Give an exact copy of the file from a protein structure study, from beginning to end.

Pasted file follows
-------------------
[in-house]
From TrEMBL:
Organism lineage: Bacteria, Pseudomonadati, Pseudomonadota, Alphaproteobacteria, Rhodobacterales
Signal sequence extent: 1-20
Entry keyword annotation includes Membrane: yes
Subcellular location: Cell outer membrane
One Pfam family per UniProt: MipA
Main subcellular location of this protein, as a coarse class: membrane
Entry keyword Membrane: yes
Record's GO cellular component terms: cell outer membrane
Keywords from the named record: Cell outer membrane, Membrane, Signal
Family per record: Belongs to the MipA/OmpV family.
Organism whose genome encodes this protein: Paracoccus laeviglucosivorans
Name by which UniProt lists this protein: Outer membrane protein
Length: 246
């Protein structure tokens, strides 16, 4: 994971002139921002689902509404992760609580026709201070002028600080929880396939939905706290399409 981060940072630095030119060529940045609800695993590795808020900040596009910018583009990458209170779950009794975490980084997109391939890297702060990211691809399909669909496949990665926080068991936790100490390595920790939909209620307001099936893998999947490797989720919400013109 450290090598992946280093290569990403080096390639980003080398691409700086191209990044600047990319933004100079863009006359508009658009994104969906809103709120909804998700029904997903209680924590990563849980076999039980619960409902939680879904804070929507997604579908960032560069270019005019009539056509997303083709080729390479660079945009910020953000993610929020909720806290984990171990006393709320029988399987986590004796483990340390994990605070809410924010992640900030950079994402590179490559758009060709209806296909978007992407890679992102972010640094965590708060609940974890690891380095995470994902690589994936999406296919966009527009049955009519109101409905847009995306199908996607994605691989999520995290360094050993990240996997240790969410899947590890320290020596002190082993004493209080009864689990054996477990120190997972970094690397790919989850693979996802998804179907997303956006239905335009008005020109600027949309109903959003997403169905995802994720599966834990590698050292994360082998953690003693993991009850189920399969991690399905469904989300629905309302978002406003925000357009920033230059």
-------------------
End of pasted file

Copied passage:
[in-house]
From TrEMBL:
Organism lineage: Bacteria, Pseudomonadati, Pseudomonadota, Alphaproteobacteria, Rhodobacterales
Signal sequence extent: 1-20
Entry keyword annotation includes Membrane: yes
Subcellular location: Cell outer membrane
One Pfam family per UniProt: MipA
Main subcellular location of this protein, as a coarse class: membrane
Entry keyword Membrane: yes
Record's GO cellular component terms: cell outer membrane
Keywords from the named record: Cell outer membrane, Membrane, Signal
Family per record: Belongs to the MipA/OmpV family.
Organism whose genome encodes this protein: Paracoccus laeviglucosivorans
Name by which UniProt lists this protein: Outer membrane protein
Length: 246
């Protein structure tokens, strides 16, 4: 994971002139921002689902509404992760609580026709201070002028600080929880396939939905706290399409 981060940072630095030119060529940045609800695993590795808020900040596009910018583009990458209170779950009794975490980084997109391939890297702060990211691809399909669909496949990665926080068991936790100490390595920790939909209620307001099936893998999947490797989720919400013109 450290090598992946280093290569990403080096390639980003080398691409700086191209990044600047990319933004100079863009006359508009658009994104969906809103709120909804998700029904997903209680924590990563849980076999039980619960409902939680879904804070929507997604579908960032560069270019005019009539056509997303083709080729390479660079945009910020953000993610929020909720806290984990171990006393709320029988399987986590004796483990340390994990605070809410924010992640900030950079994402590179490559758009060709209806296909978007992407890679992102972010640094965590708060609940974890690891380095995470994902690589994936999406296919966009527009049955009519109101409905847009995306199908996607994605691989999520995290360094050993990240996997240790969410899947590890320290020596002190082993004493209080009864689990054996477990120190997972970094690397790919989850693979996802998804179907997303956006239905335009008005020109600027949309109903959003997403169905995802994720599966834990590698050292994360082998953690003693993991009850189920399969991690399905469904989300629905309302978002406003925000357009920033230059």